any sense that the storyline is connected to social reality. Audience
investment in films that employ ironic distance, Willis notes, involves
a certain trust in the “ironic cool” of the film “to
manage our reaction, to catch us up and bring us back laughing”
At several points, the film seems to be engaged in social critique, but
it is only drawing our attention to the war’s minor contradictions
without confronting major issues. For example, when the protagonists break
into an Iraqi bunker, they find Iraqi soldiers with stockpiles of top
brand stereos and U.S. exercise machines in rooms just down the hall from
imprisoned civilians. In this way, the film shows equal greed on both
critique of the larger political and institutional aspects of the war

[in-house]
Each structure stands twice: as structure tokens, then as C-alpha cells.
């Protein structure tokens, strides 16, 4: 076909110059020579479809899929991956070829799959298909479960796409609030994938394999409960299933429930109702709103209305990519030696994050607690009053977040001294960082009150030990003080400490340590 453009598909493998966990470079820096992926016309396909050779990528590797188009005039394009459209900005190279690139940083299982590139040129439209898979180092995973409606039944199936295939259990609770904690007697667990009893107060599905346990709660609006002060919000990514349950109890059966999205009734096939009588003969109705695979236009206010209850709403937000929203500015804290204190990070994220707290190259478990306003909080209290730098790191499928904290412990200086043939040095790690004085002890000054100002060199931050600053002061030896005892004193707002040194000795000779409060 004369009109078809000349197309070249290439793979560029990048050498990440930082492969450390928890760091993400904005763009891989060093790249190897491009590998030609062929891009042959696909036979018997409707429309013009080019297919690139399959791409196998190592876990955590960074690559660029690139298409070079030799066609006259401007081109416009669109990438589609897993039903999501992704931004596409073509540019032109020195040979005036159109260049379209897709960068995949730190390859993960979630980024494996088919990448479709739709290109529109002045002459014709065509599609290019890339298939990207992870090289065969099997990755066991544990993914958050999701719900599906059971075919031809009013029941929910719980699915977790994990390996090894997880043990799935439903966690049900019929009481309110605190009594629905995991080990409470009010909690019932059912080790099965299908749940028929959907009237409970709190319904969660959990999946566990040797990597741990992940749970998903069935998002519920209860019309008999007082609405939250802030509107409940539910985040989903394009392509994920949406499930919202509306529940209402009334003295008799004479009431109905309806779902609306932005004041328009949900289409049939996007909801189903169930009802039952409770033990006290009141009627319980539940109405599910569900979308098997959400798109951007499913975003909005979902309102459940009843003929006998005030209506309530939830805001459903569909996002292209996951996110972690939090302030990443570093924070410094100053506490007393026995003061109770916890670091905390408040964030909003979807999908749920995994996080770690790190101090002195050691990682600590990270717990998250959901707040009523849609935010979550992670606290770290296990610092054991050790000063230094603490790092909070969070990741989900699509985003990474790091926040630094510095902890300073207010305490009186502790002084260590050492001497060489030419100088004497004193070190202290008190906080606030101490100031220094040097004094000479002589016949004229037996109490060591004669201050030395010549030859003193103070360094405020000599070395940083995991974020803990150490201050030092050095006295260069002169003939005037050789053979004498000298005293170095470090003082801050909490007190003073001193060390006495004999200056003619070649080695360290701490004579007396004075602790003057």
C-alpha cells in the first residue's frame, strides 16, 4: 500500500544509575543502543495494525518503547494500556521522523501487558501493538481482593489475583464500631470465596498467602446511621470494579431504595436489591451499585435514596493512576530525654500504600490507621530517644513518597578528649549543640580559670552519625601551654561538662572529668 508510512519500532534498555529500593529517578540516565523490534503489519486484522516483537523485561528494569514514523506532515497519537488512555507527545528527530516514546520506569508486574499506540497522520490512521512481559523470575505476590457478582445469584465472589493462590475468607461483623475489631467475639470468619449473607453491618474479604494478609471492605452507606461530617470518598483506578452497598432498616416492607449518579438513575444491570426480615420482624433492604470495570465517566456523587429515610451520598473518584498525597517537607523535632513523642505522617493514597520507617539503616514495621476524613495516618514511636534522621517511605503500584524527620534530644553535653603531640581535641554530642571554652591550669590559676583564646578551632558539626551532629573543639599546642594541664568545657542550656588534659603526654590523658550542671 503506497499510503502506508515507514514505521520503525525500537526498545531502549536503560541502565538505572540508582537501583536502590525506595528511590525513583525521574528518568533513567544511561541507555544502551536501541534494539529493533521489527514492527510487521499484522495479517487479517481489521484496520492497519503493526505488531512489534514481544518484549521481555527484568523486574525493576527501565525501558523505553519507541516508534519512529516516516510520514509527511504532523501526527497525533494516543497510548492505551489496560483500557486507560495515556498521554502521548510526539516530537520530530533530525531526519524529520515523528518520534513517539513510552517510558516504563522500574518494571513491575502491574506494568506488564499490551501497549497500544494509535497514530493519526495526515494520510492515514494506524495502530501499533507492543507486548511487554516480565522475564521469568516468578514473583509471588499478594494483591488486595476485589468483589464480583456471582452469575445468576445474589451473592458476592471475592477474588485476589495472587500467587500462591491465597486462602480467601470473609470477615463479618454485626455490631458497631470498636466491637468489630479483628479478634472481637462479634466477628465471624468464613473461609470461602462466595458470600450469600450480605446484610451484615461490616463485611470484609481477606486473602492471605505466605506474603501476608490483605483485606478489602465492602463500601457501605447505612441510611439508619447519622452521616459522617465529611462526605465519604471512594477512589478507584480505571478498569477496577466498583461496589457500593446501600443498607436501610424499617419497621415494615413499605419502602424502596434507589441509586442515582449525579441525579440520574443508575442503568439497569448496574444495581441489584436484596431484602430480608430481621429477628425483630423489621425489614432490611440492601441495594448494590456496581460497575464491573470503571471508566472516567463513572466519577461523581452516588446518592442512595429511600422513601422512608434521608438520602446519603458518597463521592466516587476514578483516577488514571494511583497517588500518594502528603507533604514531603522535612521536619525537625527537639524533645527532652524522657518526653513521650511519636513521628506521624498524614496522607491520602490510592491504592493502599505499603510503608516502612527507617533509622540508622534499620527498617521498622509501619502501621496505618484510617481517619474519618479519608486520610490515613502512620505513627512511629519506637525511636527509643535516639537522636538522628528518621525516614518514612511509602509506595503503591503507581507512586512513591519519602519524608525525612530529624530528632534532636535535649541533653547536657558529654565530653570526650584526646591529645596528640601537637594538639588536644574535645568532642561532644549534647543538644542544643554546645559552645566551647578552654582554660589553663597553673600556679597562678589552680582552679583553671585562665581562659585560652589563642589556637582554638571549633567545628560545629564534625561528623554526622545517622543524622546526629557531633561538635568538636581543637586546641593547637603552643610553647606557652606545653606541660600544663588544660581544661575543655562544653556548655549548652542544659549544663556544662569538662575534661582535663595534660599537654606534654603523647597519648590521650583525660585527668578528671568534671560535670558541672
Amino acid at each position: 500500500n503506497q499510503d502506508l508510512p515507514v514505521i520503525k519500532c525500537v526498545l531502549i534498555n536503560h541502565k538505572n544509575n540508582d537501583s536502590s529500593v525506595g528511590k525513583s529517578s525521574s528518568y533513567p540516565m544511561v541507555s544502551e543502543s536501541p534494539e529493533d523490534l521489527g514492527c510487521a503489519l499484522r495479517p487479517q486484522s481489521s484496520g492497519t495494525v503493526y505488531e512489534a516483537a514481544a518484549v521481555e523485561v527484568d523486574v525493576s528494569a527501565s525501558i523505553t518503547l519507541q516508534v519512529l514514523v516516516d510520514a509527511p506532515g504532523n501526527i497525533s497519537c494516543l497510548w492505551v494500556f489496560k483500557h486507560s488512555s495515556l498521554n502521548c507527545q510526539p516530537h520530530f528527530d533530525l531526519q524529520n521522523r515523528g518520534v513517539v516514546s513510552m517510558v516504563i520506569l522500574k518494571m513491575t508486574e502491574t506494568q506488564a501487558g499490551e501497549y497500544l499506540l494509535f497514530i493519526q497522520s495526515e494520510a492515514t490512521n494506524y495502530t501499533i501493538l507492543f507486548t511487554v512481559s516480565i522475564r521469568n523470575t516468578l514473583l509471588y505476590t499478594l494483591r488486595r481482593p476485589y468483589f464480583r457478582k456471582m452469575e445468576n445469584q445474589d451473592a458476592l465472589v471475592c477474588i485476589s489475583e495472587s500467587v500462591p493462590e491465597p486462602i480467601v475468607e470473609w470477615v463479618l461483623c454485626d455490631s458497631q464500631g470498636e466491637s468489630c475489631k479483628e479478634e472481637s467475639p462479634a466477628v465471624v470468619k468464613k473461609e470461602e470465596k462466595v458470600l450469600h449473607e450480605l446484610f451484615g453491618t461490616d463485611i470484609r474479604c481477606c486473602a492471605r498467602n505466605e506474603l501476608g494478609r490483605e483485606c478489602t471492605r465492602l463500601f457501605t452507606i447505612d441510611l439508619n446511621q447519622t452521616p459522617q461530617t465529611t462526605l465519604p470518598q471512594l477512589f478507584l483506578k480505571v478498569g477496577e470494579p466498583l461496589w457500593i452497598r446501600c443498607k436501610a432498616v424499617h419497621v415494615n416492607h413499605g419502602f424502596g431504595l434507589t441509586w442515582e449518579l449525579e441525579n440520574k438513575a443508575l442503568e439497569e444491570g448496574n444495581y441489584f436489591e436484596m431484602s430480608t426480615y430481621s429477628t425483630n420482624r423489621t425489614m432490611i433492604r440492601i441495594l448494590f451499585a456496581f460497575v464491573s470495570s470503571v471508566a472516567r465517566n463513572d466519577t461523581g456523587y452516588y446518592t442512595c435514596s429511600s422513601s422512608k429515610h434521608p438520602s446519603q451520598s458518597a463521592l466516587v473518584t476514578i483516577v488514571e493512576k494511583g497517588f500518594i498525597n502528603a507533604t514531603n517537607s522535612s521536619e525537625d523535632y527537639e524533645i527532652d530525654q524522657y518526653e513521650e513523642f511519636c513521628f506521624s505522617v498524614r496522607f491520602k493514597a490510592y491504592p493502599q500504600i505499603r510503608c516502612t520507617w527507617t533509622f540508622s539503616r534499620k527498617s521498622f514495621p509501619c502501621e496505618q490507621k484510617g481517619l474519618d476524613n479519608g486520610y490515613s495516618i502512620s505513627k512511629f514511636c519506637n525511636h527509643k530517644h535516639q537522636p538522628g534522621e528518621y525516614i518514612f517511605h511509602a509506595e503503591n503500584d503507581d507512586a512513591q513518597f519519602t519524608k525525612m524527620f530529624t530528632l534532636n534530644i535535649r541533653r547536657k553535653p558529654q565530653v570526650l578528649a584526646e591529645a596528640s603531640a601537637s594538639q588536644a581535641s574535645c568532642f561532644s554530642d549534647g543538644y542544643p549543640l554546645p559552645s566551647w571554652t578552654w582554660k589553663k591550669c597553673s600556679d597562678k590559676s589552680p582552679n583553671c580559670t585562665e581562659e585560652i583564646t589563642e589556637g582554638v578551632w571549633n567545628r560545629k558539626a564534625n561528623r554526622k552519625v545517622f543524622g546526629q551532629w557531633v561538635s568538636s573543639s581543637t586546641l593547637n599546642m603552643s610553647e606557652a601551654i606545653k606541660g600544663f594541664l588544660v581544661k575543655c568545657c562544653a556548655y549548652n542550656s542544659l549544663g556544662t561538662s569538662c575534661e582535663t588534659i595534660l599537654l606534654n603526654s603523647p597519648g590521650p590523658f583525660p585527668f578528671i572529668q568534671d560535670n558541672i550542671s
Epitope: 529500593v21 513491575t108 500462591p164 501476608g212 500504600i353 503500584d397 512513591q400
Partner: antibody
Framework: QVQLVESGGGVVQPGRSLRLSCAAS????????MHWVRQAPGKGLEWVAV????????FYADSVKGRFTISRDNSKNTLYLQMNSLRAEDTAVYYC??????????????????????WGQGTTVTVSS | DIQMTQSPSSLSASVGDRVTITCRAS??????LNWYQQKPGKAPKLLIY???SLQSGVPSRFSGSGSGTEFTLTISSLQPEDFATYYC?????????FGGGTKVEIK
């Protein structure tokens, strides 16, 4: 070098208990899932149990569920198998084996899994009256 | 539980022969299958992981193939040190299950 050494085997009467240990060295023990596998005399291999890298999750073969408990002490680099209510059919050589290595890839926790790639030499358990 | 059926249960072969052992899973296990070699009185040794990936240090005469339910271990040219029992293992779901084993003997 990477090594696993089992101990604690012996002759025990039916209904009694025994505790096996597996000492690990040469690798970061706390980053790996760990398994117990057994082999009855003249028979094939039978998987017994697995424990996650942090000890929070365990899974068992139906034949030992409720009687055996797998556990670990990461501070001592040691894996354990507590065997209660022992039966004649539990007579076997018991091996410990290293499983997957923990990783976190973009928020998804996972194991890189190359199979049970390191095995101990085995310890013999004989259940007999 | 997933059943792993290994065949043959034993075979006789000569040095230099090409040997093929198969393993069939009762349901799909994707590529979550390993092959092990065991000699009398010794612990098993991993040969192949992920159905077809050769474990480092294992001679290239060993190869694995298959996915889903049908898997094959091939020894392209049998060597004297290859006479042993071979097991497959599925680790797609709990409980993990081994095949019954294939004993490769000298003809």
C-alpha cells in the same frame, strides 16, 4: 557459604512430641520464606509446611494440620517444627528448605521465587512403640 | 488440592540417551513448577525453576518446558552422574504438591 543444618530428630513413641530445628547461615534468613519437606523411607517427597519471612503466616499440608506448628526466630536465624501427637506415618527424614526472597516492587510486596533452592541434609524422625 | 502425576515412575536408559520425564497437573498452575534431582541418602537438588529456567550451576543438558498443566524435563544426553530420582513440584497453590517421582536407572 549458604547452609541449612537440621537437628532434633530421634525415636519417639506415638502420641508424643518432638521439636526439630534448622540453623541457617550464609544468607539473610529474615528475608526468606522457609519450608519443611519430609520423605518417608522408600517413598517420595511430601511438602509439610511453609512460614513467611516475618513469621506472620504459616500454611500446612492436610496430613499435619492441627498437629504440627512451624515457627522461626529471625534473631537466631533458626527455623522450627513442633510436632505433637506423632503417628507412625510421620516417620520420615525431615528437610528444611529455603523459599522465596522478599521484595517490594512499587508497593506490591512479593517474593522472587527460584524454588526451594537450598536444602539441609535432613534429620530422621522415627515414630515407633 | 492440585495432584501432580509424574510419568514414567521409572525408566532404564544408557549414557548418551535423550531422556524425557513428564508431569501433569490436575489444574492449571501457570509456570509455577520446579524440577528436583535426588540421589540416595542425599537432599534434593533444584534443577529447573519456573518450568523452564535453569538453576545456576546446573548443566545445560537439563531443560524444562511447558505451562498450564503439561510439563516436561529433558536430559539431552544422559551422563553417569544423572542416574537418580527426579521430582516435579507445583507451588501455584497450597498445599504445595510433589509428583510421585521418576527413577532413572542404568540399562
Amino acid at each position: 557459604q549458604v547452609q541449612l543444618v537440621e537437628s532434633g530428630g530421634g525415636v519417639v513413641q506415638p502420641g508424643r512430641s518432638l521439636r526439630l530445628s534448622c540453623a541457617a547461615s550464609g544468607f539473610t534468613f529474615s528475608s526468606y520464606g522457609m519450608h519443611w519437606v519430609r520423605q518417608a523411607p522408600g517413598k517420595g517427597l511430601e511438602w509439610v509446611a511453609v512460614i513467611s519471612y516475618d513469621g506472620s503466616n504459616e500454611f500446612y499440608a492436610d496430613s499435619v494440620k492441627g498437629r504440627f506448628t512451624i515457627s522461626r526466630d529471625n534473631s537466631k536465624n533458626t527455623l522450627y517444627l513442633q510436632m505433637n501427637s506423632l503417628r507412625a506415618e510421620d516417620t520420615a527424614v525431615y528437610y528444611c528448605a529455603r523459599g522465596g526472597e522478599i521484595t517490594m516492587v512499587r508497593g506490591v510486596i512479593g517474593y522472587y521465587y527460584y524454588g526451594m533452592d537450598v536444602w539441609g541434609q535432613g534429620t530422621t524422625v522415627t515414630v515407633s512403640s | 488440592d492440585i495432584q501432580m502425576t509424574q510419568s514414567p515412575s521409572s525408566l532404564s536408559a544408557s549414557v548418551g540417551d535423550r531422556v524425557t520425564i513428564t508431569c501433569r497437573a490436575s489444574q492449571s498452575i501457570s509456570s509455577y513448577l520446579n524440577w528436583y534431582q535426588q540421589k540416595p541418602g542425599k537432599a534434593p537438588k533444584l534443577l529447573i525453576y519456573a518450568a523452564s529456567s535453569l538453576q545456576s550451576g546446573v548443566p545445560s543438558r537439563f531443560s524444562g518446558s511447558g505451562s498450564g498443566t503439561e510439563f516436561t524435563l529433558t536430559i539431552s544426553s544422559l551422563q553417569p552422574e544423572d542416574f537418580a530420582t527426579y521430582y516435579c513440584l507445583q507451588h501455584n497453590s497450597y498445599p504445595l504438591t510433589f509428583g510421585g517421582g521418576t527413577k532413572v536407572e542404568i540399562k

is shallow. For example, in the film’s opening scene, as Wahlberg
shoots an Iraqi soldier seemingly out of mere confusion, the camera focuses
on Wahlberg’s look of horror as he watches the Iraqi die. The message
here is that “war is wrong” without the film’s going
into the specifics of the institutional and historical framework of U.S.
military engagement in Iraq.
representations of the other
In the way that they move from thievery to self-sacrifice, the protagonists
experience a moral shift that sets up the completion of their neocolonial
mission; they need to learn not to see the Arabs as other. Yet even in
its attempt to portray understanding of the other, the film does not escape
the trap of the neocolonial self/other mechanism. The script still collapses
the other into the logic of the self. Throughout most of Three Kings,
the Arabs are portrayed in binary representations as oversimplified good